I watched this alone with a biscuit. That was a while ago, in the middle of the 1980s. With so many bums on seats, who would have watched this anyhow? I mean, a stuffy costume drama cum period piece set in the toff part of England. And the religious themes were of interest to only the affiliated, bar a few. But there I was, watching this. One of the few. A British film that signaled the resurgence of the film industry in Britain. Winner of four Oscars including best costumes and best film. A profundity rarely seen on screen some seemed to be saying. A rarely filmed exploration of “the race of faith”.
There I was, alone, watching. Who would but me? I was curious. The guy who would not watch Porkys, Yellowbeard, or the likes of The Missionary. But I would watch this Chariots of Fire (1981). What did I think of this excursion from the norms of childhood read: The Black Hole, Star Wars, Superman, The Muppet Movie, and Mission Galactica? Had I graduated all of sudden into maturity and learnedness?
Chariots of Fire barely moved me then and now, except the ending holds the most bitter sweet touch that brings the bird’s eye view and the nature of life. From like God’s view I saw the transience of life. Two men once both Olympic champions, come to the end of their lives. Both were on top of the world for only a moment, then released into the way of Every Man. Every man will wear the grave, whatever their lives have been, but what will their lives count for? In Chariots of Fire, it’s running the race of life and faith that matters, right to the end.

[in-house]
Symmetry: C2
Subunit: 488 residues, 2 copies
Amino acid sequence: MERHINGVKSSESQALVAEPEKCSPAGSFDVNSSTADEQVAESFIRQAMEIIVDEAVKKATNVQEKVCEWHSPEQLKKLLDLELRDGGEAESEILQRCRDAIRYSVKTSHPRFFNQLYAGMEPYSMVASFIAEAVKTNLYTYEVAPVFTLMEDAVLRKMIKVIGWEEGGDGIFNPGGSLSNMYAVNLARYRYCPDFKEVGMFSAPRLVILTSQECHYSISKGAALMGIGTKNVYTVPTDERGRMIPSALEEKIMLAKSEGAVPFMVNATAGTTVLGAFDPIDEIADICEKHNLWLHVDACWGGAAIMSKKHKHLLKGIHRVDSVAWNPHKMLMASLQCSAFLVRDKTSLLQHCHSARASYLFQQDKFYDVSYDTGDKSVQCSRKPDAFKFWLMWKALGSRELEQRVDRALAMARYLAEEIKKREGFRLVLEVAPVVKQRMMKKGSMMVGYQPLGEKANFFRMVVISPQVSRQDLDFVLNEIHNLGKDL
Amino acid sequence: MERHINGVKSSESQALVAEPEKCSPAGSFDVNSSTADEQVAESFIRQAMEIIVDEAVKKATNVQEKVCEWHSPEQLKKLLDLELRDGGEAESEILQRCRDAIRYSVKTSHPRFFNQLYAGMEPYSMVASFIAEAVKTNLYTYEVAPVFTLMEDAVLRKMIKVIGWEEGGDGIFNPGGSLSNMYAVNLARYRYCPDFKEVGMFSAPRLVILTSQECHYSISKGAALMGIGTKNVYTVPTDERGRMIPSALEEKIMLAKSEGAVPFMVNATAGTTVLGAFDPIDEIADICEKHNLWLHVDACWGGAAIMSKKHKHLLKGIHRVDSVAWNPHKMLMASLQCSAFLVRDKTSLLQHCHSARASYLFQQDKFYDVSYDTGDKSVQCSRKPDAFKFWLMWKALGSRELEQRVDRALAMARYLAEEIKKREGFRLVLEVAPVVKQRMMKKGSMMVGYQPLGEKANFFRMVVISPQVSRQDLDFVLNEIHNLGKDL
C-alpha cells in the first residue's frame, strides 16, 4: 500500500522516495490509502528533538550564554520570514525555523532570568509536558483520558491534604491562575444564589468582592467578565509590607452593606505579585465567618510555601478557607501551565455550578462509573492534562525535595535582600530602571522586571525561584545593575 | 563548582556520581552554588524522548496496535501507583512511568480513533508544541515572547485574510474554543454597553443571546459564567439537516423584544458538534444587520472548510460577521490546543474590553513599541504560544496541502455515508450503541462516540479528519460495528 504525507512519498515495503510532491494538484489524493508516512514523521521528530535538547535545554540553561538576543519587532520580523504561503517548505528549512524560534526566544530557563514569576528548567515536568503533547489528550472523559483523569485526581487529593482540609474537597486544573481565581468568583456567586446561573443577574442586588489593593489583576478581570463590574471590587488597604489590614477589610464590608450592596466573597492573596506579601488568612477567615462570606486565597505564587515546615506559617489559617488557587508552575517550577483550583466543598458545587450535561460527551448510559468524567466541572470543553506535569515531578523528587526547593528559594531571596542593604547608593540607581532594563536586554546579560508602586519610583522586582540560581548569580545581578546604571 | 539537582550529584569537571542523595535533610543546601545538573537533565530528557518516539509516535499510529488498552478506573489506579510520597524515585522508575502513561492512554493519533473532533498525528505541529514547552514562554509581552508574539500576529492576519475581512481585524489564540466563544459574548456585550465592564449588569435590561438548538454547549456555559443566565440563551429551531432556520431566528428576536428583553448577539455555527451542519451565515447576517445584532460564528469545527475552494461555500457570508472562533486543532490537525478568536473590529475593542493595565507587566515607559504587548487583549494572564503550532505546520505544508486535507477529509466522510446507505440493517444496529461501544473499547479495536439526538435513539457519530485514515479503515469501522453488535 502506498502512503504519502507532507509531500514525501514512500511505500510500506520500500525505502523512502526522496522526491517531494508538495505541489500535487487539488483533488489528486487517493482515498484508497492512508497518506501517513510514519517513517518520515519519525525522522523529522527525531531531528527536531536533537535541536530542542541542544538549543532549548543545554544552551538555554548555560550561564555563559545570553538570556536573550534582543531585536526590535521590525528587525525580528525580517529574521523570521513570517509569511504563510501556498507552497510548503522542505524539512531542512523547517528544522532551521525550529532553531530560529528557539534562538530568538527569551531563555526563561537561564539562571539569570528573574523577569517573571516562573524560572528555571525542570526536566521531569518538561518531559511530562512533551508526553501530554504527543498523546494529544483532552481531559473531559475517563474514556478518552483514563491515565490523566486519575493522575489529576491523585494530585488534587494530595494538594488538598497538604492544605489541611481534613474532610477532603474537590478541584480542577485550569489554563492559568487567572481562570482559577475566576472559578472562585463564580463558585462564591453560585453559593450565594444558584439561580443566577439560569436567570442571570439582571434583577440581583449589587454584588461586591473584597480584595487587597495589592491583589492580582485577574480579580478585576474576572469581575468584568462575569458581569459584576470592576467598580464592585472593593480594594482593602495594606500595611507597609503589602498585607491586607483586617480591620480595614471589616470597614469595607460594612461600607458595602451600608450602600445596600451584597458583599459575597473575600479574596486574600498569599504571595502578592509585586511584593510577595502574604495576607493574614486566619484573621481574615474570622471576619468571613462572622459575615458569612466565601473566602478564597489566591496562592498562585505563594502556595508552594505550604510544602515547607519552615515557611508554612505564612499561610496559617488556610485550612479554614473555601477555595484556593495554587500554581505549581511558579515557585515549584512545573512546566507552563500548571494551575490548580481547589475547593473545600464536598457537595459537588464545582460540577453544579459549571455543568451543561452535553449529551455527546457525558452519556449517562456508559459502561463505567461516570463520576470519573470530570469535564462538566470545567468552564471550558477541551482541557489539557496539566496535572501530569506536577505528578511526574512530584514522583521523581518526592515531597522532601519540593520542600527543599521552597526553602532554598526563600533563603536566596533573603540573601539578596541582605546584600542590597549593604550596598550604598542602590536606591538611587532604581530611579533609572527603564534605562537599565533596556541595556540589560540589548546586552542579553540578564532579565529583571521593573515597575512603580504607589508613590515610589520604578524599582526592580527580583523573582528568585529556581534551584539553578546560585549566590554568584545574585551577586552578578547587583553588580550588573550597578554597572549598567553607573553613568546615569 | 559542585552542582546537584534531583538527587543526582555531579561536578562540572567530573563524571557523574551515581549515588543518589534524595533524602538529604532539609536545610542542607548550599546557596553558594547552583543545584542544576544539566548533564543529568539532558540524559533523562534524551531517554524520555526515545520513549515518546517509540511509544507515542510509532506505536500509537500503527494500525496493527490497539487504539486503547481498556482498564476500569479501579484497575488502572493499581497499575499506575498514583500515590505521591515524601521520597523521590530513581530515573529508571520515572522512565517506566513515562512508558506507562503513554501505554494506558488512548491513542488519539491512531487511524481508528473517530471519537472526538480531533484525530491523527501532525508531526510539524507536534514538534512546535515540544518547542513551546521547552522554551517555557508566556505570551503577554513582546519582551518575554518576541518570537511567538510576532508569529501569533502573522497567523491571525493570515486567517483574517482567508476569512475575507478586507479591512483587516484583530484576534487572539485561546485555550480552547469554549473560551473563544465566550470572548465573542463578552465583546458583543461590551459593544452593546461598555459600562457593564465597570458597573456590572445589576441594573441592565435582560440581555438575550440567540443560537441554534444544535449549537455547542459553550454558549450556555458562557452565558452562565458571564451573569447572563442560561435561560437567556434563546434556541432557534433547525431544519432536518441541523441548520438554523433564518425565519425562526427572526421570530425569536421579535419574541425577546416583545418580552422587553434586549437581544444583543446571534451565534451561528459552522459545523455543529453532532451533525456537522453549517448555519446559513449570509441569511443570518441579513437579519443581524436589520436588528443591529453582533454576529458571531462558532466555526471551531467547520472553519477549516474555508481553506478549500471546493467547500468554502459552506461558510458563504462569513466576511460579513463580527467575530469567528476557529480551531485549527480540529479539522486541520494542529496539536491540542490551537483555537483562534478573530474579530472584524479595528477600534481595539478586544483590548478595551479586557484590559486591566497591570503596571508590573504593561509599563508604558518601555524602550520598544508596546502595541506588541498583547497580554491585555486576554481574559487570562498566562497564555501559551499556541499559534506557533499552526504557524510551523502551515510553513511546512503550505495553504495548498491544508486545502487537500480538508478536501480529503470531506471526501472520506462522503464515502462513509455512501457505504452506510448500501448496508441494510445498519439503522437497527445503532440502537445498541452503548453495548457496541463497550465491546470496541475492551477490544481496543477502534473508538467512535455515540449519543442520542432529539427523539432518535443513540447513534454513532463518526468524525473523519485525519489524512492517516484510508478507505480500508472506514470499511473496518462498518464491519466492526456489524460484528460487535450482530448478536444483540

There is such a column called where were you? What it means is where were you at such and such a time, usually a significant time like events of some magnitude. The author, usually someone well-known, relays their memories of being somewhere during a significant event or the person was actually at the event that impacted many. Some may have been at home when this was happening, they seen it on television, and because they are a celebrity and have some invested interest in it may tell others about what they remember of that time and what it meant to them.
Bloggers and ordinary, everyday people should be able to do this sort of column as well. It is something that is instinctively human–to remember where one was. Something triggers it and the memory surfaces. The trigger could be an article. It could be a conversation with a former friend one runs into, a television program about a historical event, an old song. Whatever. I love these kind of articles. They are instinctively interesting and I love writing about my memories of past moments–which seemed to be forgotten, but something triggers it back.
These would be interesting historical studies: The French Revolution, the American Civil War, the Russian Revolution, the Italian Risogimento, and the Italian Resistance in World War II. Where to start? I would start with the Russian Revolution as this arouses my interest most, the reason may be that I missed studying Russian history at High School and I have become increasingly curious about the subject over the years. That tells me something. But, yes, a bit of history never hurts, something to read, study even, and learn from…when one is able to.